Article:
From Kanazawa we took a few trains to Kyoto. The journey wasn’t particularly interesting as ended up standing for the whole two hours but we were glad that our bags were being shipped around without us having to carry them, making good use of the Japanese baggage shipping system which really did seem very efficient. (So no real surprise there.)
Unusually for a ryokan, our receptionist was a cat:
The shot below shows a pachinko hall. If you don’t know, pachinko is a game of almost no skill that, as I worked out, involves holding a dial in a single position and hoping ball-bearings fall into a hole in the middle. Imagine pinball where you don’t have to do anything except put your money in and you’re not far away.
The Japanese staff were very helpful taking my 1000 yen and showing me how to spend it too and although I’m glad I gave it a try it’s hard to imagine a less satisfying way of spending a fiver.
This was one of the stranger drinks we saw in a vending machine. Cider and condensed milk… mmmmmm…
Kyoto itself is jam-packed with temples:
And where there’s a temple, there’s a crowd:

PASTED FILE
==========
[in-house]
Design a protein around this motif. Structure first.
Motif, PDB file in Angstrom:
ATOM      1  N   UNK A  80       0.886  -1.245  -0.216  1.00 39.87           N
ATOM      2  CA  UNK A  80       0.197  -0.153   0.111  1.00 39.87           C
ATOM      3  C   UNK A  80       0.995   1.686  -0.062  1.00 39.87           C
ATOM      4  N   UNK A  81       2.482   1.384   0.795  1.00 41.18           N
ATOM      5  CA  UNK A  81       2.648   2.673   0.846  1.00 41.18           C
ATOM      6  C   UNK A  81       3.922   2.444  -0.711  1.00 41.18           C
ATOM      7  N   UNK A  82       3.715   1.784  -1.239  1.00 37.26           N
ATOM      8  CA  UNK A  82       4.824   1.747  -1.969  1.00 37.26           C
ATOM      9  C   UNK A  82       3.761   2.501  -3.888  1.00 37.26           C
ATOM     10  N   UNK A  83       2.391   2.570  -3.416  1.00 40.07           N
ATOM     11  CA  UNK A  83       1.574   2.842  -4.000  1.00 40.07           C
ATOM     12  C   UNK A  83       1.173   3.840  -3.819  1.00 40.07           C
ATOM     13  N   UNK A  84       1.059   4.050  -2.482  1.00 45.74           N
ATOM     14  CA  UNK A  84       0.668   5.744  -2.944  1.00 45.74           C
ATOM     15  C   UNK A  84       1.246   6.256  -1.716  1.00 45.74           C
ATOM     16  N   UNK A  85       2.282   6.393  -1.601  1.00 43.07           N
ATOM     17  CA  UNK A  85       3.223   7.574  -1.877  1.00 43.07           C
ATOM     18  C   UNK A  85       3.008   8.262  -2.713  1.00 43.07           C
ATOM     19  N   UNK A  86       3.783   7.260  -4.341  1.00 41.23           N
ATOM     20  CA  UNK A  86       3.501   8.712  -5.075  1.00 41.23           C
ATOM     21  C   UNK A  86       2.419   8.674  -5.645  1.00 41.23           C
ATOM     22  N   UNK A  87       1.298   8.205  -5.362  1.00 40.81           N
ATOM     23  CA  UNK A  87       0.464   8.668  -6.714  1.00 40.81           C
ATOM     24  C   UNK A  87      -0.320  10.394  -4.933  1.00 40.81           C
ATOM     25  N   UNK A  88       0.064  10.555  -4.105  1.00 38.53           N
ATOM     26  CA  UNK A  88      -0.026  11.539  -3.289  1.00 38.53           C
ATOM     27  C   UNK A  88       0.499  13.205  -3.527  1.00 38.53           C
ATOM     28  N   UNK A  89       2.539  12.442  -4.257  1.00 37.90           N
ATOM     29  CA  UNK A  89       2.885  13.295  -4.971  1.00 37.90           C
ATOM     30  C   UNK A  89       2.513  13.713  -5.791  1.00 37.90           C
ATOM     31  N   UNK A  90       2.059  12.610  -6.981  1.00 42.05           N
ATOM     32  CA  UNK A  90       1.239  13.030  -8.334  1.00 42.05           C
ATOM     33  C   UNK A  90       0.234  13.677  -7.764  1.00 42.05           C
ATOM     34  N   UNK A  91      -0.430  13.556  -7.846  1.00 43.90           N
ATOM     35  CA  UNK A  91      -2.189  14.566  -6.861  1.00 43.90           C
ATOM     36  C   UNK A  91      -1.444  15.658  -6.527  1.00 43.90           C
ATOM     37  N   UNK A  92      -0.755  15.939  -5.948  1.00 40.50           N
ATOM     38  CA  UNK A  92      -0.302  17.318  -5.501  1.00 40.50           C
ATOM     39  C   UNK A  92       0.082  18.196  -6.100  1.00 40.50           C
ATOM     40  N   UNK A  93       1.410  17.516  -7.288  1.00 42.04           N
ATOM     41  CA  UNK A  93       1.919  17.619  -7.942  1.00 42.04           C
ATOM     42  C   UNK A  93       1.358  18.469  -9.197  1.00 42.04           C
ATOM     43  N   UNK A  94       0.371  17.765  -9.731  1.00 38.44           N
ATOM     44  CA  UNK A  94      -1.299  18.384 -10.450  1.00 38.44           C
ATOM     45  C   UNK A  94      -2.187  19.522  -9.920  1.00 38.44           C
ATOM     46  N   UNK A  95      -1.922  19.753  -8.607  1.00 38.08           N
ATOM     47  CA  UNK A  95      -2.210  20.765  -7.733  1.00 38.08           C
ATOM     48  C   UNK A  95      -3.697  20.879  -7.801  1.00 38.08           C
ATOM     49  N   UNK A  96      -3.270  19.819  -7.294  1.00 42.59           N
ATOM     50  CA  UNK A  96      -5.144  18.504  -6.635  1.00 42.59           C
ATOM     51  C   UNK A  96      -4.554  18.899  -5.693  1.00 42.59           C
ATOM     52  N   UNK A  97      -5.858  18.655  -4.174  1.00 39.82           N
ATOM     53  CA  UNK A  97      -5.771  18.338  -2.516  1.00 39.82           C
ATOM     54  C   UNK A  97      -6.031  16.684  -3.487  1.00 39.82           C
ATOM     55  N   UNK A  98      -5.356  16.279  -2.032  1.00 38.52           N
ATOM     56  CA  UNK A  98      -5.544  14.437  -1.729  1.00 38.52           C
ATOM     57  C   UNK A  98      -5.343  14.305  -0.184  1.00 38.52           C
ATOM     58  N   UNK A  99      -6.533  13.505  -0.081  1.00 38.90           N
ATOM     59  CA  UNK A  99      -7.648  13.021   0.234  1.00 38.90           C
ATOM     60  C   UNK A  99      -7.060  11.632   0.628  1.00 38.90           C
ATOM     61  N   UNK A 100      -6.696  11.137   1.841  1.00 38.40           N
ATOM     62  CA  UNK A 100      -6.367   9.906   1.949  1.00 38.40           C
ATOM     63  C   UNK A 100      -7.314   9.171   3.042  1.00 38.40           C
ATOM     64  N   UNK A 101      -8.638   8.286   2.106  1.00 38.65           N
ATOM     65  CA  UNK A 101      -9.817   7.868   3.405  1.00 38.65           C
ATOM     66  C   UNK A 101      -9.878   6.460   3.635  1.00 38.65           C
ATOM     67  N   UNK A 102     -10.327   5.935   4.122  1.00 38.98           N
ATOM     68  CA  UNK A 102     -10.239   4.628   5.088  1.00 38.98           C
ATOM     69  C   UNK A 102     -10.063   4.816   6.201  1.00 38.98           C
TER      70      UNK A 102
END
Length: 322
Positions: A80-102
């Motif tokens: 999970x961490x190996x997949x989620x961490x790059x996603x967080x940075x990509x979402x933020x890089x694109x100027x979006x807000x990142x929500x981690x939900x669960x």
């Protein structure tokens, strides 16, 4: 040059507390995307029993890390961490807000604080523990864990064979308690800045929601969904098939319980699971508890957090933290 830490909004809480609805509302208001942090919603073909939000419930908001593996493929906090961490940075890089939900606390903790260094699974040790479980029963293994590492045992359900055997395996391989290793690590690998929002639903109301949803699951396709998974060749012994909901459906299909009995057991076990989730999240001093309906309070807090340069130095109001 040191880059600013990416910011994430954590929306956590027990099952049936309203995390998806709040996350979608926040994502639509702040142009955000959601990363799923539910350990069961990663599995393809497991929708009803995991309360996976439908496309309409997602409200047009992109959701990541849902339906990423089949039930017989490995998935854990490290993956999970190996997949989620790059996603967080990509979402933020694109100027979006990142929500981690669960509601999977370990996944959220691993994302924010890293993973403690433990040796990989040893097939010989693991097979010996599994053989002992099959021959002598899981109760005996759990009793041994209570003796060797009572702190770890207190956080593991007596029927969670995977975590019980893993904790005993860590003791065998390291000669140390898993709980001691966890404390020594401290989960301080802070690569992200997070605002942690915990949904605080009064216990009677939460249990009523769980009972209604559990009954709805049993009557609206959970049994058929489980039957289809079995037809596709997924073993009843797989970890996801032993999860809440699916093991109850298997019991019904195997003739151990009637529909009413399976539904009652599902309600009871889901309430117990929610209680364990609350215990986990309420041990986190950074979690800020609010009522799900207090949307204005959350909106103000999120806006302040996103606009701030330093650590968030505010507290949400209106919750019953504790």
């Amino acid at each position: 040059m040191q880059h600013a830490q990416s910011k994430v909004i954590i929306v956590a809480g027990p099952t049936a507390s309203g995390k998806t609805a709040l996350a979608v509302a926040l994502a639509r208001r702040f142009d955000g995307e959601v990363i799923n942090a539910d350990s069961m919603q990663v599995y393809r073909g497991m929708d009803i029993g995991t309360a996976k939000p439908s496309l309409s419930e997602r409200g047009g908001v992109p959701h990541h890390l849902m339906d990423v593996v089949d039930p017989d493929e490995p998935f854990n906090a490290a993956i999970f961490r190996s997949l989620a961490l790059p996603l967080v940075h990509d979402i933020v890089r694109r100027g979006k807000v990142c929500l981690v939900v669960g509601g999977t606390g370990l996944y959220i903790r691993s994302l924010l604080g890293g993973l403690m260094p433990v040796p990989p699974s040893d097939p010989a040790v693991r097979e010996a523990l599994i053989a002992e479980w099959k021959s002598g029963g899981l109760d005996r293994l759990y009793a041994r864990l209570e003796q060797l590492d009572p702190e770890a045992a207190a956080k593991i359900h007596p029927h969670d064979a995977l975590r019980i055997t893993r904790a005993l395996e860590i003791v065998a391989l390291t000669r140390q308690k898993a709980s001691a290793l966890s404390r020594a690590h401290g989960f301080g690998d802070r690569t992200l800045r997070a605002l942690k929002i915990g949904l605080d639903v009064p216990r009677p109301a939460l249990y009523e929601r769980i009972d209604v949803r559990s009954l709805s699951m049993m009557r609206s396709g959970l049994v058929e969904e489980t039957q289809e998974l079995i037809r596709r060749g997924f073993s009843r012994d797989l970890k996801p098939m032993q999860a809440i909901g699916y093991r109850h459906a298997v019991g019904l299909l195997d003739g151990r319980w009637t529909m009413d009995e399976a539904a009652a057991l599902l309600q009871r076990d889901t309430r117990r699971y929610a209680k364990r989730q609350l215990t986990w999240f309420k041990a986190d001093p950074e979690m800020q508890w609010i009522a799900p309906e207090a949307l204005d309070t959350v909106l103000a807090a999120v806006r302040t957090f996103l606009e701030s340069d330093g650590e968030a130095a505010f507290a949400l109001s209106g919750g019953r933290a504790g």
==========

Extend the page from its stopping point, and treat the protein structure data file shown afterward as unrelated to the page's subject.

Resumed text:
We also visited the Golden Pavilion at Rokoyun-ji temple, a quite impressive building with two stories entirely covered in real gold (about 40 tonnes worth):
Bob and Jo both taking photos. I don’t see why one set of the same place isn’t enough, but there you go:
As ever, there were very well designed gardens around the pavilion:
Our Japanese guide for the day was very keen on taking photos of the four of us, so this is a rare shot with me in it:
Although obviously a new building, this construction around the garden still follows a very traditional style:
Another Kyoto temple:
The second day in Kyoto we decided to visit the Zen Buddhist temple complex, including Ryoanji, towards the north of the city. The main attraction is certainly the gardens with their raked pebble and rock formations:
This garden signifies how a rock thrown harder at water makes more ripples than a smaller rock dropped in. Duh!
One of the larger garden pieces:
A rock close-up:
The temple building itself was made of some of the widest floorboards ever, as this photo (with Ann being used for scale) shows:
It wasn’t all about rocks and gravel, oh no, there were trees at the temple too:
Sometimes the rock, pebble and moss formations really did look like land formations emerging from water, as these were intended to:
The larger garden, but with a bit more sun:
Round the corner from the Zen temples: a 99 yen shop:
From the temples we took a bus to Kyoto’s Nijo Castle:
We weren’t always particularly impressed by how defensible the things called castles were. After all, paper walls aren’t the most resistant to attack. These ramparts show the other side of things, though, and not something I’d want to try and climb up with a bunch of samurai waiting at the top: